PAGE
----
10. The only time I have ever had feedback problems was with a 64 jazz with microphonic pups. I once had a resonance problem which sounded like low frequency feedback but turned out to be the gooseneck on the kick drum mic actually touching the drum shell and resonating at G.
     
  11. jnuts1

    jnuts1

    Nov 13, 2007
    ok I had something like this happen to me with my markbass 210. band mates dropped it when I wasn't there and pretended like it didn't happen. it messed up the tweeter and that sucker squealed like a pig and then devolved into a digital mess as it was fading out. it sounded a lot like feed back with a little autotune at the end.
     
  12. This sound much more like the floor tom mic feeding back than your bass rig. Unless you heard feedback coming from your amp directly?
     
    ObsessiveArcher likes this.
  13. okcrum

    okcrum in your chest

    Oct 5, 2009
    Verde Valley, AZ
    RIP Dark Horse strings
    The only way you can do any relevant troubleshooting would be to book the band into that same venue and leave time for a sound check. Anything else at this point is wishful (at best) thinking. What the OP can do now is make sure their rig (including the suspect pedal) has no faults. Better (late than never) do that now, before the next gig. Time for a setup/test in the back yard. :thumbsup:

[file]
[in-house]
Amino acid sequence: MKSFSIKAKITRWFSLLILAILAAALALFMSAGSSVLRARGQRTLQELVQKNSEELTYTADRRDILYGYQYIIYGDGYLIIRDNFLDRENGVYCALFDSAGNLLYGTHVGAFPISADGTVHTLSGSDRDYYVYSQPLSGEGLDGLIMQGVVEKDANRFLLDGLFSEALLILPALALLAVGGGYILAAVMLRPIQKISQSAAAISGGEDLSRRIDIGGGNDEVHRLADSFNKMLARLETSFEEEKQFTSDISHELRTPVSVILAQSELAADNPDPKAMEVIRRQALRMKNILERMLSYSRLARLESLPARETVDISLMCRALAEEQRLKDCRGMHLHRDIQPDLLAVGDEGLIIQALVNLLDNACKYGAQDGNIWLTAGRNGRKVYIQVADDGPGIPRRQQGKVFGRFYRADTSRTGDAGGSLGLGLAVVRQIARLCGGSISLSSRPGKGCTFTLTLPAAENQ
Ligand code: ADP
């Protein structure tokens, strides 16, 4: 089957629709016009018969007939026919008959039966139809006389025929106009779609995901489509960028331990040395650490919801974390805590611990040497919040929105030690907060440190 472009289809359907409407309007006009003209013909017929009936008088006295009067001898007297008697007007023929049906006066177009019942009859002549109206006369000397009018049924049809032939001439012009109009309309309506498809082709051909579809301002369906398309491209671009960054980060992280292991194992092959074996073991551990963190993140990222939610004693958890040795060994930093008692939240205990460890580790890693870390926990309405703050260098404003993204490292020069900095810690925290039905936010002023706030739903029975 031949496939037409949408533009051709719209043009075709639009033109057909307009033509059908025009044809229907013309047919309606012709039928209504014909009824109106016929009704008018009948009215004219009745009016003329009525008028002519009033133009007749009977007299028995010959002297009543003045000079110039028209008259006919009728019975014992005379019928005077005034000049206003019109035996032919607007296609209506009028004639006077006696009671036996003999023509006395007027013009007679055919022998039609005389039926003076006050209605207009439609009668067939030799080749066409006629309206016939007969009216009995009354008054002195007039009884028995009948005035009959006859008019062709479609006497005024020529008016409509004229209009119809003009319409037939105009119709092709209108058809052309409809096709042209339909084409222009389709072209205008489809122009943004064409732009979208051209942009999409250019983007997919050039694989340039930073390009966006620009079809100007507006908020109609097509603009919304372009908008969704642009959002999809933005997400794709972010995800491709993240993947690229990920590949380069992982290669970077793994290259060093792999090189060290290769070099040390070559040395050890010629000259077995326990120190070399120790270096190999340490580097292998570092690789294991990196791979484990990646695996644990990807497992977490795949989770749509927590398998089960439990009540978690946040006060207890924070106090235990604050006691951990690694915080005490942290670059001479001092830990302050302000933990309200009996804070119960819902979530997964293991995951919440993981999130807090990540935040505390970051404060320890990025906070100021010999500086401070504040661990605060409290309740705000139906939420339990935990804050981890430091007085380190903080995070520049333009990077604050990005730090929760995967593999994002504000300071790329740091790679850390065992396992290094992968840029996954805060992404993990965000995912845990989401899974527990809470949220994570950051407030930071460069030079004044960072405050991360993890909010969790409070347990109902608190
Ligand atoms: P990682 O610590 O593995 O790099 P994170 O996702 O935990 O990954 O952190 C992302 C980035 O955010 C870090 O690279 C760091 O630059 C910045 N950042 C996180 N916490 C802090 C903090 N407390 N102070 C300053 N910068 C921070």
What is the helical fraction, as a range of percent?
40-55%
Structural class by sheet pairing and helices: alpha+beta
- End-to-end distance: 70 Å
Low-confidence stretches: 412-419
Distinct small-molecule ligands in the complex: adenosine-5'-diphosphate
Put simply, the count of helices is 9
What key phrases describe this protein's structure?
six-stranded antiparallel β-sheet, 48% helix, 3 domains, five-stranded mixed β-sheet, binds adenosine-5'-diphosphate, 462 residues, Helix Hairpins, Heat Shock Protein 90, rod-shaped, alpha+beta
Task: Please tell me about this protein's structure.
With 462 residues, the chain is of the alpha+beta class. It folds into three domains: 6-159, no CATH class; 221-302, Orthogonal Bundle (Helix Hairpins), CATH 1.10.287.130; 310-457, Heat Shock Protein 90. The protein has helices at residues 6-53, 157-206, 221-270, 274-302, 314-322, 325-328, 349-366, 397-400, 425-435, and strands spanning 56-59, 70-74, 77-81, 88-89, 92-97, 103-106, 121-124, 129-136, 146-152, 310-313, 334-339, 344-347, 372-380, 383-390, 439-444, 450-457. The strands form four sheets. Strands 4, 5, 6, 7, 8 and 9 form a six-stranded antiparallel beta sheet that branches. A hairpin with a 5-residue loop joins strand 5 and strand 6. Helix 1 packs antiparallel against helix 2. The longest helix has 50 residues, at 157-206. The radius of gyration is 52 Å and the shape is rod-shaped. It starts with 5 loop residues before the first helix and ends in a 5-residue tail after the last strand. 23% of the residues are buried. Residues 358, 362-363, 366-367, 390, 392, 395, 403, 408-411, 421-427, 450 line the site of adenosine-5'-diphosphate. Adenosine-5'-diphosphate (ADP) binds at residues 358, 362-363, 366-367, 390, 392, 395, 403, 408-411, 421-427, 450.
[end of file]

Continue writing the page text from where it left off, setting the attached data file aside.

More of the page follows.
Last edited: Sep 11, 2019
    HolmeBass likes this.
  14. Axtman

    Axtman Supporting Member

    Mar 3, 2008
    Seattle, Washington
    Was it high frequency "squeal" feedback or low frequency "rumble" feedback?

    I once used a speaker cable as an instrument cable and got feedback due to lack of shielding.
     
  15. KJMO

    KJMO

    Feb 6, 2015
    Not to be rude, but nobody needs that pedal. I'm sure it's a nice pedal, but not even in the slightest is it necessary to avoid problems like the op had. It would be best for him to focus on the cause.
     
  16. Bassamatic

    Bassamatic keepin' the beat since the 60's Supporting Member

    I wonder if it was actually some electronic "noise" from the MarkBass switching power supply radiating into your effects unit? I mean it was an inch away. I use MarkBass exclusively and never had anything like this in a variety of venues.
     
    ktedrow and HolmeBass like this.
  17. Ric5

    Ric5 Supporting Member

    Jan 29, 2008
    Colorado
    Well if an eq pedal won't help then it wasn't feedback.
     
  18. Stumbo

    Stumbo Wherever you go, there you are. Supporting Member Commercial User

    Feb 11, 2008
    Song Surgeon slow downer. https://tinyurl.com/y5dcuqjg
    So no one needs an HPF/LPF to deal with bad venue acoustics?

    And what if the cause is out of his control? That's what eqs are for.

    Your statement has no basis in fact.

    If you don't want or need an eq, don't buy one.
     
  19. KJMO

    KJMO

    Feb 6, 2015
    Everyone has eq. I have a hpf. But having it isn't the reason I don't have noise disruptive enough to cause a disaster like the op had. Thousands of bassists don't have that pedal or even the equivalent, and they don't have what the op had, so I would continue to say he needs to find the source of the noise.

    Just a thought...Is it possible the vpf got turned all the way up? I had that happen, and with the amp at gig volume it was pretty horrendous.
     
    Omega Monkey likes this.
  20. lowplaces

    lowplaces Got Punch ?

    Dec 20, 2015
    Louisville Kentucky
    Yes

    Fender downtown express problem

    Found that thread earlier today before I saw this thread.
     
    selowitch and wave rider like this.

Share This Page

  1. This site uses cookies to help personalise content, tailor your experience and to keep you logged in if you register.
    By continuing to use this site, you are consenting to our use of cookies.